The Public Employment Risk Reduction Program

The Public Employment Risk Reduction Program

PERRP Injury and Illness Recordkeeping Data collection and submission requirements for public employers Troy Cale Industrial Hygienist BWC Division of Safety & Hygiene Public Employment Risk Reduction Program 1 Session overview What are the requirements for public employer injury and illness recordkeeping in Ohio

Administrative Code (OAC) 4167-06? Overview of the requirements What are the changes to recordkeeping procedures? What are the most common recordkeeping mistakes? What are the steps to becoming an effective record keeper? 2 Purpose (of the Rule) To develop a system of statistical data

collection Public employers in Ohio are required to record and report work-related fatalities, injuries and illnesses Note: Recording or reporting a work-related injury, illness, or fatality does not mean the the employer or employee was at fault, a PERRP rule has been violated, or that the employee is eligible for workers compensation or other benefits. PERRP injury and illness recordkeeping and Bureau of Workers Compensation are independent of each other

3 Scope of recordkeeping The OAC amplifies the Ohio Revised Code (ORC) and creates the details for recordkeeping. All fundamental recordkeeping requirements are outlined in OAC 4167-6-01 through 04 Public employers in Ohio are therefore required to record work-related fatalities injuries and illnesses. 4

Scope of statistical collection The ORC creates the actual rule for statistical collection, no amplification needed. All fundamental statistical collection requirements are outlined in ORC 4167.11. It requires maintenance of an effective program of collection, compilation, and analysis of employment risk reduction statistics. Public employers in Ohio are therefore required to submit statistical information. 5 ORC 4167.11 (B)

To implement and maintain the statistics program, the workers' compensation Board of Directors is required to adopt rules that require public employers to: Make, keep, and preserve, and make available necessary reports and records appropriate for standards enforcement or for developing information regarding the causes and prevention of occupational accidents and illnesses. 6 Recordkeeping vs. statistics

Two independent requirements under Chapter 4167 blended together Less burdensome to submit recordkeeping summary instead of requiring independent statistics Recordkeeping requirement established in 1994 Submit summary 300AP established in 2003 Will allow public entities to compare injury illness data with similar entities 7 Statistical information DOES NOT:

Cause an inspection; Cause citations or fines to be issued; Cause a determination of compensation rates; Determine injury, illness or fatality fault; Determine eligibility for a compensation claim. 8 ORC 4167.11 (B) Public employers are also required to: Post notices or otherwise

keep their public employees informed of their rights and obligations; Maintain accurate records of public employee exposure to potentially toxic materials, carcinogenic materials, and harmful physical agents. 9 Organization of the Rule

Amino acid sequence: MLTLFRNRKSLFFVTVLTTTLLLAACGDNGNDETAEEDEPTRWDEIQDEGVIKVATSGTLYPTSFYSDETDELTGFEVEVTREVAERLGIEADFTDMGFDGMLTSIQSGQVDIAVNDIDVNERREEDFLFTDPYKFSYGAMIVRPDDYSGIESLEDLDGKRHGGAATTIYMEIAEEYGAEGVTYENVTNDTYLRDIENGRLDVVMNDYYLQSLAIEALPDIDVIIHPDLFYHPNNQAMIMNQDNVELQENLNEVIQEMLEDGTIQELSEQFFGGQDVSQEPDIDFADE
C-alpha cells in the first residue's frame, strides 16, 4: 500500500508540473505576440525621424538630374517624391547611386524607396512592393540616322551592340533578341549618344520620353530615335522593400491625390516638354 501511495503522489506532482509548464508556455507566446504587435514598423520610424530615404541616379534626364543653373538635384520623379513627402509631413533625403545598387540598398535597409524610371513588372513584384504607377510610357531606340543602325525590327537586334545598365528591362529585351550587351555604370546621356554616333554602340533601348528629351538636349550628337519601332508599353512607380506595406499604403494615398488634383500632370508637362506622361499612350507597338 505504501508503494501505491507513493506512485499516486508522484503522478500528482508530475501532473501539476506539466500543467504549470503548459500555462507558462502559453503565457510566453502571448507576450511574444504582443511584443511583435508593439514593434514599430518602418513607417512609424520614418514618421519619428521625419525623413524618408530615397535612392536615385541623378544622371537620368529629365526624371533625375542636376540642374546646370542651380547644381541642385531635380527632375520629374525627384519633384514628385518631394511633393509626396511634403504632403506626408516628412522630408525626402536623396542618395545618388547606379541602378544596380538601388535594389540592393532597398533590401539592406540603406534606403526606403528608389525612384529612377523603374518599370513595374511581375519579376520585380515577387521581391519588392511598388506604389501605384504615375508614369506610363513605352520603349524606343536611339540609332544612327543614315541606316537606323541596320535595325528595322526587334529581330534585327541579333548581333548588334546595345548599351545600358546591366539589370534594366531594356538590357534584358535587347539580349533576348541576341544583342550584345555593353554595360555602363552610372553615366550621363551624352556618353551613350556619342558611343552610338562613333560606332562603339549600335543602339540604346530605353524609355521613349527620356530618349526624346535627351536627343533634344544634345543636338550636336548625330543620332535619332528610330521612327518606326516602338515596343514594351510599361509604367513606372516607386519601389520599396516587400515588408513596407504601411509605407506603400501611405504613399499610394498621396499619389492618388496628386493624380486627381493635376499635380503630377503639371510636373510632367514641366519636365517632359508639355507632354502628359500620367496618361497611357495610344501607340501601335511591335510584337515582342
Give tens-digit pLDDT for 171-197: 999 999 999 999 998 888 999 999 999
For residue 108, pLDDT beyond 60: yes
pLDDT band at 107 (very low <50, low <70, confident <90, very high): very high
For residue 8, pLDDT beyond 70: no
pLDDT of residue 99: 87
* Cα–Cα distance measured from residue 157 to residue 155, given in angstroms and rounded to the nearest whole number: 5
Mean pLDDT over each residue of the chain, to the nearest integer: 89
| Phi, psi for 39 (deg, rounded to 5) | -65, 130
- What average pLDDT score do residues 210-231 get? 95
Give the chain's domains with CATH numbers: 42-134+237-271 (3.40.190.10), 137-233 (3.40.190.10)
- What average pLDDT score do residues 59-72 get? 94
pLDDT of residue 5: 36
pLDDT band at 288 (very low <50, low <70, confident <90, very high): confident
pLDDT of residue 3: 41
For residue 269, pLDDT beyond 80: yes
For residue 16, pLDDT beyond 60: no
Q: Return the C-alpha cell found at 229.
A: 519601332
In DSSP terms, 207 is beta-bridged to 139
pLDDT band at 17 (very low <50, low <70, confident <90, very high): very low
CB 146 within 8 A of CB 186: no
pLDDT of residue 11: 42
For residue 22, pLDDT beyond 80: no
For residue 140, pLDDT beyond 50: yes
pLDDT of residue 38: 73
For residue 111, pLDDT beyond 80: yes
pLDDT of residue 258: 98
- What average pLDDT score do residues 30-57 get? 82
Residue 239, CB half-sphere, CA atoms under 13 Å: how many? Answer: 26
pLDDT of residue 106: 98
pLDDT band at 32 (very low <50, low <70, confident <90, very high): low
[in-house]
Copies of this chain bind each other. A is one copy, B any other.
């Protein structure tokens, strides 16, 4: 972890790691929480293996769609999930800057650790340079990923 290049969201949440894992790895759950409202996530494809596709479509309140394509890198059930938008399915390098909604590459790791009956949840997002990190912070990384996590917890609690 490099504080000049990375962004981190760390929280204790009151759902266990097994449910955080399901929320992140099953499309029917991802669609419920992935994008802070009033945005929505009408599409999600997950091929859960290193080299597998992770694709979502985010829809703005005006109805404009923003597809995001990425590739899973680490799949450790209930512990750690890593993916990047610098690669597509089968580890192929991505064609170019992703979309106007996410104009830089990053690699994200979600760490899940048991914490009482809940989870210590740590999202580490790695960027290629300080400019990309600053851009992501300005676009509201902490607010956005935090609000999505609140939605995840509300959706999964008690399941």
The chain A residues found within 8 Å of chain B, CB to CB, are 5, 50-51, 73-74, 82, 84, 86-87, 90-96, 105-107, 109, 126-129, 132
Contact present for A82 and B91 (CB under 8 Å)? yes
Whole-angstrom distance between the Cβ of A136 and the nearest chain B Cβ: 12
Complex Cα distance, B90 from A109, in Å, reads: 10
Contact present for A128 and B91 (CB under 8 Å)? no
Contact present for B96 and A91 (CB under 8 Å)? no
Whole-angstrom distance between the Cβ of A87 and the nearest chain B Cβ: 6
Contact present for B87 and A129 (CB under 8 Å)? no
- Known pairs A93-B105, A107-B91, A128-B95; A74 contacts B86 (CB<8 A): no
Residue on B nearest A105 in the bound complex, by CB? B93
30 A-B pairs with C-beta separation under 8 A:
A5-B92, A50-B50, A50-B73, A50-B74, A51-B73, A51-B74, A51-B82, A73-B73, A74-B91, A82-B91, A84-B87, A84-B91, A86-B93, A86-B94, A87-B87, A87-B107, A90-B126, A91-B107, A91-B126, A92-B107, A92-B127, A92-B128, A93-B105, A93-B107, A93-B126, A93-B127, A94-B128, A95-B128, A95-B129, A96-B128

6-01: Records maintained by calendar year 6-02: Log and Summary 6-03: Supplementary Record 6-04: Annual Summary

6-05: Falsification of Records 6-06: BWC Reporting (Reserved) 6-07: Retention of Records 6-08: Access to Records 6-09: Monitoring Records 6-10: Reporting of Fatalities and Catastrophes 10 Covered Employees Employees on payroll Employees of non-profit boards that are supervised by public employees (MRDD, etc.) Employees not on payroll who are supervised on

a day-to-day basis (temporary employment) Temporary help agencies only record their employee injuries when they are under their supervision. Injuries of temp workers who are supervised by a public employer must be recorded by the PE. Exclude volunteers and restitution workers 11 Exemptions??? As of July 2007, there are NO exemptions. Ohio Public employers must log all

recordable work-related injuries and illnesses. This includes work-related injuries and illnesses involving police officers, corrections officers, firefighters, EMTs and paramedics. 12 Multiple business establishments Employers must keep a separate log and summary for each establishment. Establishment is defined as: A single physical location where business is

conducted; or, Where services or industrial operations are performed. Establishment logs can be maintained in a central location, if: Incidents are reported to the central office within six calendar days Updated copies of the Log are provided to each establishment quarterly. OAC 4167-6-02 13

Required forms Log and summary, PERRP 300P and 300AP or equivalent Supplementary, PERRP 301P or equivalent BWC First Report of an Injury, Occupational Disease or Death (FROI) is equivalent to 101/301. OAC 4167-6-02 & 4167-6-03 14

PERRP forms 300P, Log of Work-Related Injuries and Illnesses 300AP, Summary of Work-Related Injuries and Illnesses 301P, Injury and Illness Incident Report The new forms clarify the requirements for public employers and reference the appropriate sections in the ORC/OAC. More on the new forms later. 15 STEP 1

16 STEP 2 17 STEP 3 18 Filling out the forms

You must follow the instructions! 19 What instructions? PERRP has created a set of instructions to help public employers understand and apply the recording criteria. The PERRP instructions are similar to the Federal OSHA instructions but different.

20 WHAT DO I DO FIRST? PERRP 301P or equivalent BWC First Report of Injury (FROI) is equivalent to 301P. 21 Step 1 PERRP form 301P 22

OK. THAT WAS NOT TOO DIFFICULT. I KNOW IT HAS TO GET HARDER. WHAT DO I DO NEXT? 23 Step 2 24 Recording criteria Public employers must record each

fatality, injury or illness that: Is work-related, and; Is a new case, and; Meets one or more of the recording criteria contained in the instructions. 25 General recording criteria Requires records to include any work-related injury or illness resulting in one of the following.

Death Days away from work Restricted work or transfer to another job Medical treatment beyond first aid Loss of consciousness Diagnosis of a significant injury/illness by a physician or other licensed health care professional